FAQs – Creation of Adam & Eve
The only thing new in this world is the history you don't know. --Harry Truman

Do you think Adam and Eve are real people?

Did Adam and Eve exist?  Or were they part of a larger Creation myth, whose traces are found even in Sumerian and Babylonian literature?  Faithful readers of the Genesis account will insist Adam and Eve were real people.  I, myself, am not so sure.  They may have been characters placed in a moral tale.  Or perhaps they were the first Hebrew people.  As a sidenote to those of you who love history and would like to delve into this further, search out the Creation story in Sumerian and Babylonian literature.  They even have a Flood story, which is remarkably similar to the Genesis account.  Stephen Bertman’s Handbook to Life in Ancient Mesopotamia has a nice summary of both.

Do you really believe that Adam and Eve were created the way you’ve portrayed it?

I have stuck to the Genesis accounting, in which Adam and Eve were made by God in a sudden and abrupt way.  For the evolutionists—theistic or not—this will be disappointing because they want to know, Couldn’t God have chosen to breathe spirit or breath into an ape-like creature, at a certain point in time?  Yes, He could have.  I have no problem with that.  I do not want to limit God, for I believe He is capable of anything, so that was not my intention.  I simply chose to stay close to the poetic Genesis story.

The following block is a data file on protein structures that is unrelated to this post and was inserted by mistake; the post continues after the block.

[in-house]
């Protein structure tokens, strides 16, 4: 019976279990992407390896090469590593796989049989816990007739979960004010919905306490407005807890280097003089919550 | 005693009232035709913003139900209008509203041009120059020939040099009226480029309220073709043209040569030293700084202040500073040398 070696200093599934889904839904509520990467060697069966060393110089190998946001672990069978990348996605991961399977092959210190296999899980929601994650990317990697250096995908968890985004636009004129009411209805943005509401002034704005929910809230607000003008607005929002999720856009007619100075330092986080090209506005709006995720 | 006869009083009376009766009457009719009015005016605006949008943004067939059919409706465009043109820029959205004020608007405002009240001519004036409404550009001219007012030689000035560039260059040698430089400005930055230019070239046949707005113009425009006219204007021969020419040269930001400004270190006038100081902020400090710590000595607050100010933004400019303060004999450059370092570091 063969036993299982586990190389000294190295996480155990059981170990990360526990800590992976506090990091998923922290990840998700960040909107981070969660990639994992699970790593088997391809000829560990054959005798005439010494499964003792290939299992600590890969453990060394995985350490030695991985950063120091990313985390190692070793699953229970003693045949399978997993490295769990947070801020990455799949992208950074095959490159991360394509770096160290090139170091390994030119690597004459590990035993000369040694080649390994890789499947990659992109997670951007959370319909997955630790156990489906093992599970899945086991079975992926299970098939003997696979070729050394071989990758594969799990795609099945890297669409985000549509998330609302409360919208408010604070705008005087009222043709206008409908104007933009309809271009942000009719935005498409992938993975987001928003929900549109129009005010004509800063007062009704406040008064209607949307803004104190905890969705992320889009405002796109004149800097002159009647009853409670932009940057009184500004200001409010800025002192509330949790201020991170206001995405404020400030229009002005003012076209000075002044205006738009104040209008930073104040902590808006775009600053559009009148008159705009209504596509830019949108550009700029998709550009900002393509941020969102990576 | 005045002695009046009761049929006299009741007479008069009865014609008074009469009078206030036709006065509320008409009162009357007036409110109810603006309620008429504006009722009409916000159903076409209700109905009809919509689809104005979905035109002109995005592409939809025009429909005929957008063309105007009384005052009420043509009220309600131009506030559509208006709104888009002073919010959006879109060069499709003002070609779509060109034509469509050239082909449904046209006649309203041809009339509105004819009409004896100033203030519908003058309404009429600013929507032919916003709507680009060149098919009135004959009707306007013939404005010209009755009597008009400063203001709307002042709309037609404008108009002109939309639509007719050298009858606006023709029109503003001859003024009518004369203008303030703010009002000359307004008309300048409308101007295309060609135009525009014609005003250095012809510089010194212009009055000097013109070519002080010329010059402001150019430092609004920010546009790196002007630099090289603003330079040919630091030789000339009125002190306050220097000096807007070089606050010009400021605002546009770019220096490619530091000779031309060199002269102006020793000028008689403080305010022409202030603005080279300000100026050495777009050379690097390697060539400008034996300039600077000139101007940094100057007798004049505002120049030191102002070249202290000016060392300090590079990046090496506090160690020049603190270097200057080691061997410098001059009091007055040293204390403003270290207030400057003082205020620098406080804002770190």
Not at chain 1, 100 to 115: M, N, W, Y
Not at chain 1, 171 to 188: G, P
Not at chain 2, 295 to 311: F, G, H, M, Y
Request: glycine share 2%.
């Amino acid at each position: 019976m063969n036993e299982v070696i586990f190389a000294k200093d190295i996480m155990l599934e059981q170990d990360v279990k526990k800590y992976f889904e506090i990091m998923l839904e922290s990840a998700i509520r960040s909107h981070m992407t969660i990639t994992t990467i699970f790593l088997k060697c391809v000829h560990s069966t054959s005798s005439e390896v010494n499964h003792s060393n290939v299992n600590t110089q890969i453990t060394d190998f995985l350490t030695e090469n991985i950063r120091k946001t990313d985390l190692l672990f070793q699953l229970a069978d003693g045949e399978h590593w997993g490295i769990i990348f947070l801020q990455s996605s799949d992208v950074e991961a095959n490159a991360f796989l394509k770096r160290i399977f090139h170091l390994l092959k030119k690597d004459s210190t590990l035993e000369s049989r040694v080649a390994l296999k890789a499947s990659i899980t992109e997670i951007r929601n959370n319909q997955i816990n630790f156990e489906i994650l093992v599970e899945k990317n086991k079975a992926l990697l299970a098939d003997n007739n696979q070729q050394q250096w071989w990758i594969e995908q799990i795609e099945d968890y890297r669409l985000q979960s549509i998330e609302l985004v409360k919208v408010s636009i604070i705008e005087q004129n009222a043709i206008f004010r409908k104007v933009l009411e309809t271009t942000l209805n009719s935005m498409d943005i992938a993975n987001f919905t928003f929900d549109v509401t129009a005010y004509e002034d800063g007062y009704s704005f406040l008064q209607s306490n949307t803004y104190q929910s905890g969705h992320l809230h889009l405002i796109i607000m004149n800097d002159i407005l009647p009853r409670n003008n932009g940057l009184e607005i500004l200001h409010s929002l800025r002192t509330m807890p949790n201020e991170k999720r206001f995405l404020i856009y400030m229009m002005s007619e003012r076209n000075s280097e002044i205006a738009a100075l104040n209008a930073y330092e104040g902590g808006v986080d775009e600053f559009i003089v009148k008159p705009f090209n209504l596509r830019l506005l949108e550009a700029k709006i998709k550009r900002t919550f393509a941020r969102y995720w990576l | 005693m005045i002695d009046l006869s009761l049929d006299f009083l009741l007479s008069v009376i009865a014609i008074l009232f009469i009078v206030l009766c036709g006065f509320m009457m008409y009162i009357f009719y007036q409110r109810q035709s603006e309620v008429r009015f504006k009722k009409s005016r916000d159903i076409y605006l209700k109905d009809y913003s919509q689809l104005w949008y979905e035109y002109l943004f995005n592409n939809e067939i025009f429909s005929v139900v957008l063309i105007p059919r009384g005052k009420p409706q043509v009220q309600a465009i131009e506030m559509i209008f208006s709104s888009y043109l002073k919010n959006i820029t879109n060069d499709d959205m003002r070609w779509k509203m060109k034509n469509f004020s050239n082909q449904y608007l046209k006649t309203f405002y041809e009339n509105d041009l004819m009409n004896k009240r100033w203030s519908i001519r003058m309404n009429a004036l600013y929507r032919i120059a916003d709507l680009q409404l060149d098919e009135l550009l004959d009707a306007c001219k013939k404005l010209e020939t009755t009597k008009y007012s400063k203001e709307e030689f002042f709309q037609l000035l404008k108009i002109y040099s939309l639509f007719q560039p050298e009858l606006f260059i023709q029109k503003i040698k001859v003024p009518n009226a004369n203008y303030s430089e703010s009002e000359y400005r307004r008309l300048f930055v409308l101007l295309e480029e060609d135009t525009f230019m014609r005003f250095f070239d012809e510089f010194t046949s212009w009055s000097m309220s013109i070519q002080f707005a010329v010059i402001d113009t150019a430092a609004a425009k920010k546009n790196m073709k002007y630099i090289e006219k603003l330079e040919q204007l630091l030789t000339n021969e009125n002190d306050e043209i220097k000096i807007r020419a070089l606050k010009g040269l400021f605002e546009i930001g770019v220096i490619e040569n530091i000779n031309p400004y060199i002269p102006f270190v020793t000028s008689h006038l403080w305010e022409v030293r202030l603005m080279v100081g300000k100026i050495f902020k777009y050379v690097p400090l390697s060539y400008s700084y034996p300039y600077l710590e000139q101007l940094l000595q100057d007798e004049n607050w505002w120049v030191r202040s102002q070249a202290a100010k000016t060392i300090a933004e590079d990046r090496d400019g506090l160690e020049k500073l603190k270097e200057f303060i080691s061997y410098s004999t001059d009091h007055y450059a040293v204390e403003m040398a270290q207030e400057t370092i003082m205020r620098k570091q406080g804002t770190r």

Was Eve really created after Adam?  Couldn’t they have been created at the same time?

Are you really asking: is Adam superior and Eve inferior, or are they equal?  There are two very different accounts in Genesis, one in which Adam and Eve are referred to as a unit—some scholars say an androgynous being—and the other in which Eve is created from Adam’s side.  Why?  I don’t know.  I am grateful to Phyllis Trible’s article, “Eve and Adam: Genesis 2-3 Reread.”  In it, she obliterates any need for us to think of men and women as being either above or under the other.  And again, in her engaging God and the Rhetoric of Sexuality (p. 128), she encourages us to view Eve’s “curse” as a consequence, not as a punishment:  “Hence, the woman is corrupted in becoming a slave, and the man is corrupted in becoming a master.  His supremacy is neither a divine right nor a male prerogative.  Her subordination is neither a divine decree nor the female destiny.  Both their positions result from shared disobedience.  God describes this consequence but does not prescribe it as punishment.”

Believe it or not, there is a plethora of opinion just on the word rib.  There seems to be some difficulty in the translation of that pesky Hebrew word.  No one knows exactly what it is.